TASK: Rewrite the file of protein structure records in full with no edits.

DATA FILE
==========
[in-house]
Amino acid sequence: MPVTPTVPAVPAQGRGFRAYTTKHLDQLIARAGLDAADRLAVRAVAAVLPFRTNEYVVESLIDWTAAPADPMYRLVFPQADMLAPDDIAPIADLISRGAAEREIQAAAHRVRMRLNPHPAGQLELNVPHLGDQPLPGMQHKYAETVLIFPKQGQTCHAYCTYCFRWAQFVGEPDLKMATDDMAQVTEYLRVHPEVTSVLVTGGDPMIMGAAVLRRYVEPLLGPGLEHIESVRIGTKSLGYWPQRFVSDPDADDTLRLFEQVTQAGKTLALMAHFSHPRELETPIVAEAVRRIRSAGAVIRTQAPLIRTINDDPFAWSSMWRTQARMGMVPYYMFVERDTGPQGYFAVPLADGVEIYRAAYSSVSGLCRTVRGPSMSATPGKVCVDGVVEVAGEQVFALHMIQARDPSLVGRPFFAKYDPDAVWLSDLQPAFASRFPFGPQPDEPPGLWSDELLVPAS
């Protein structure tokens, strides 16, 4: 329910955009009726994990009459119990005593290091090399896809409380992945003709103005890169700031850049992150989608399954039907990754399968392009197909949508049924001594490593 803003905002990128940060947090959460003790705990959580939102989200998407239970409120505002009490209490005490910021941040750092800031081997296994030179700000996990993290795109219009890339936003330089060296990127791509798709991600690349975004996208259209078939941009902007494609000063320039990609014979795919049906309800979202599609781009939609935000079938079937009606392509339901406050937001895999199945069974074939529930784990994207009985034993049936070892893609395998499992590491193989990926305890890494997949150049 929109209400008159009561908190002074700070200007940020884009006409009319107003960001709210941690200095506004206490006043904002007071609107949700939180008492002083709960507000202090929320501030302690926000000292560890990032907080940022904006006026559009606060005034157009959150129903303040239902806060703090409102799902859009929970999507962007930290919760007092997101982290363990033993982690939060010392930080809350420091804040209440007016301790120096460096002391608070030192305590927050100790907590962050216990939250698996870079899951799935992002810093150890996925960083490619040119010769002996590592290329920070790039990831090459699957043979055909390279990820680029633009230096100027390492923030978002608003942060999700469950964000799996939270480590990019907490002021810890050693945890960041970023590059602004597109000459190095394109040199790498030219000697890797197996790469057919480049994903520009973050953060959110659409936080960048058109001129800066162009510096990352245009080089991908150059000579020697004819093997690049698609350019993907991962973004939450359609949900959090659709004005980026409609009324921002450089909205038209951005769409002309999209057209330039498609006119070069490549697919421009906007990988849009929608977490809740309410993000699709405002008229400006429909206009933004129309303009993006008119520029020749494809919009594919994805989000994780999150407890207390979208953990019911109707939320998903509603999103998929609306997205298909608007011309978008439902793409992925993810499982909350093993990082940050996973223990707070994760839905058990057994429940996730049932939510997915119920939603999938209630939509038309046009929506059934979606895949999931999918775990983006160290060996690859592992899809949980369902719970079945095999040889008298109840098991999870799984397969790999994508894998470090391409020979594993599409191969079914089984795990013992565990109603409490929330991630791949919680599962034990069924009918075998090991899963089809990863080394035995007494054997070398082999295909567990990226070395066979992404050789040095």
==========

[in-house]
Amino acid sequence: MPVTPTVPAVPAQGRGFRAYTTKHLDQLIARAGLDAADRLAVRAVAAVLPFRTNEYVVESLIDWTAAPADPMYRLVFPQADMLAPDDIAPIADLISRGAAEREIQAAAHRVRMRLNPHPAGQLELNVPHLGDQPLPGMQHKYAETVLIFPKQGQTCHAYCTYCFRWAQFVGEPDLKMATDDMAQVTEYLRVHPEVTSVLVTGGDPMIMGAAVLRRYVEPLLGPGLEHIESVRIGTKSLGYWPQRFVSDPDADDTLRLFEQVTQAGKTLALMAHFSHPRELETPIVAEAVRRIRSAGAVIRTQAPLIRTINDDPFAWSSMWRTQARMGMVPYYMFVERDTGPQGYFAVPLADGVEIYRAAYSSVSGLCRTVRGPSMSATPGKVCVDGVVEVAGEQVFALHMIQARDPSLVGRPFFAKYDPDAVWLSDLQPAFASRFPFGPQPDEPPGLWSDELLVPAS
């Protein structure tokens, strides 16, 4: 329910955009009726994990009459119990005593290091090399896809409380992945003709103005890169700031850049992150989608399954039907990754399968392009197909949508049924001594490593 803003905002990128940060947090959460003790705990959580939102989200998407239970409120505002009490209490005490910021941040750092800031081997296994030179700000996990993290795109219009890339936003330089060296990127791509798709991600690349975004996208259209078939941009902007494609000063320039990609014979795919049906309800979202599609781009939609935000079938079937009606392509339901406050937001895999199945069974074939529930784990994207009985034993049936070892893609395998499992590491193989990926305890890494997949150049 929109209400008159009561908190002074700070200007940020884009006409009319107003960001709210941690200095506004206490006043904002007071609107949700939180008492002083709960507000202090929320501030302690926000000292560890990032907080940022904006006026559009606060005034157009959150129903303040239902806060703090409102799902859009929970999507962007930290919760007092997101982290363990033993982690939060010392930080809350420091804040209440007016301790120096460096002391608070030192305590927050100790907590962050216990939250698996870079899951799935992002810093150890996925960083490619040119010769002996590592290329920070790039990831090459699957043979055909390279990820680029633009230096100027390492923030978002608003942060999700469950964000799996939270480590990019907490002021810890050693945890960041970023590059602004597109000459190095394109040199790498030219000697890797197996790469057919480049994903520009973050953060959110659409936080960048058109001129800066162009510096990352245009080089991908150059000579020697004819093997690049698609350019993907991962973004939450359609949900959090659709004005980026409609009324921002450089909205038209951005769409002309999209057209330039498609006119070069490549697919421009906007990988849009929608977490809740309410993000699709405002008229400006429909206009933004129309303009993006008119520029020749494809919009594919994805989000994780999150407890207390979208953990019911109707939320998903509603999103998929609306997205298909608007011309978008439902793409992925993810499982909350093993990082940050996973223990707070994760839905058990057994429940996730049932939510997915119920939603999938209630939509038309046009929506059934979606895949999931999918775990983006160290060996690859592992899809949980369902719970079945095999040889008298109840098991999870799984397969790999994508894998470090391409020979594993599409191969079914089984795990013992565990109603409490929330991630791949919680599962034990069924009918075998090991899963089809990863080394035995007494054997070398082999295909567990990226070395066979992404050789040095």